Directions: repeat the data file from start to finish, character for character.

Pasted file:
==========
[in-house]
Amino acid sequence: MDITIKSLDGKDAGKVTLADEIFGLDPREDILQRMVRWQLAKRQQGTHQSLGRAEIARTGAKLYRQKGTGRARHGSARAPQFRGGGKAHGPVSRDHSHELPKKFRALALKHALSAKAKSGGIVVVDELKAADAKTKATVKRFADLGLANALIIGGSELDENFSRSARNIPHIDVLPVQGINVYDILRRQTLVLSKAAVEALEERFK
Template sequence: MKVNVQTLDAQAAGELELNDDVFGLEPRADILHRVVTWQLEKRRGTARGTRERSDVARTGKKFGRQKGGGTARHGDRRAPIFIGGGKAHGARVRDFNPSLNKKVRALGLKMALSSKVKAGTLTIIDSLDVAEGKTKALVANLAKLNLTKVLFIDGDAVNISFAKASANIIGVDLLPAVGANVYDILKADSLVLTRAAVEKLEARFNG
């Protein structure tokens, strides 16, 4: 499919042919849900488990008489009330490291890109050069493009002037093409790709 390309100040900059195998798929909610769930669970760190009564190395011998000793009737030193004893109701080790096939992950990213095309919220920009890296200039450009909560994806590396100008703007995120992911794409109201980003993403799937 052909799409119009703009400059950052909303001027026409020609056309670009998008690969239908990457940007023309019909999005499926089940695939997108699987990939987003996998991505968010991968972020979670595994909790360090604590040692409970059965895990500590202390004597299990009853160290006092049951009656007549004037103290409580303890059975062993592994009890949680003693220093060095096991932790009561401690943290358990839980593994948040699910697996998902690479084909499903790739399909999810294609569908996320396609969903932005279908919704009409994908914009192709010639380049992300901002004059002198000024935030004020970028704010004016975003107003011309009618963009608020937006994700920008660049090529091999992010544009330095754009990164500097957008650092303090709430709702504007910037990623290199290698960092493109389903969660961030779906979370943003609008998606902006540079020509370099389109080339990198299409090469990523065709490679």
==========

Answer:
[in-house]
Amino acid sequence: MDITIKSLDGKDAGKVTLADEIFGLDPREDILQRMVRWQLAKRQQGTHQSLGRAEIARTGAKLYRQKGTGRARHGSARAPQFRGGGKAHGPVSRDHSHELPKKFRALALKHALSAKAKSGGIVVVDELKAADAKTKATVKRFADLGLANALIIGGSELDENFSRSARNIPHIDVLPVQGINVYDILRRQTLVLSKAAVEALEERFK
Template sequence: MKVNVQTLDAQAAGELELNDDVFGLEPRADILHRVVTWQLEKRRGTARGTRERSDVARTGKKFGRQKGGGTARHGDRRAPIFIGGGKAHGARVRDFNPSLNKKVRALGLKMALSSKVKAGTLTIIDSLDVAEGKTKALVANLAKLNLTKVLFIDGDAVNISFAKASANIIGVDLLPAVGANVYDILKADSLVLTRAAVEKLEARFNG
């Protein structure tokens, strides 16, 4: 499919042919849900488990008489009330490291890109050069493009002037093409790709 390309100040900059195998798929909610769930669970760190009564190395011998000793009737030193004893109701080790096939992950990213095309919220920009890296200039450009909560994806590396100008703007995120992911794409109201980003993403799937 052909799409119009703009400059950052909303001027026409020609056309670009998008690969239908990457940007023309019909999005499926089940695939997108699987990939987003996998991505968010991968972020979670595994909790360090604590040692409970059965895990500590202390004597299990009853160290006092049951009656007549004037103290409580303890059975062993592994009890949680003693220093060095096991932790009561401690943290358990839980593994948040699910697996998902690479084909499903790739399909999810294609569908996320396609969903932005279908919704009409994908914009192709010639380049992300901002004059002198000024935030004020970028704010004016975003107003011309009618963009608020937006994700920008660049090529091999992010544009330095754009990164500097957008650092303090709430709702504007910037990623290199290698960092493109389903969660961030779906979370943003609008998606902006540079020509370099389109080339990198299409090469990523065709490679």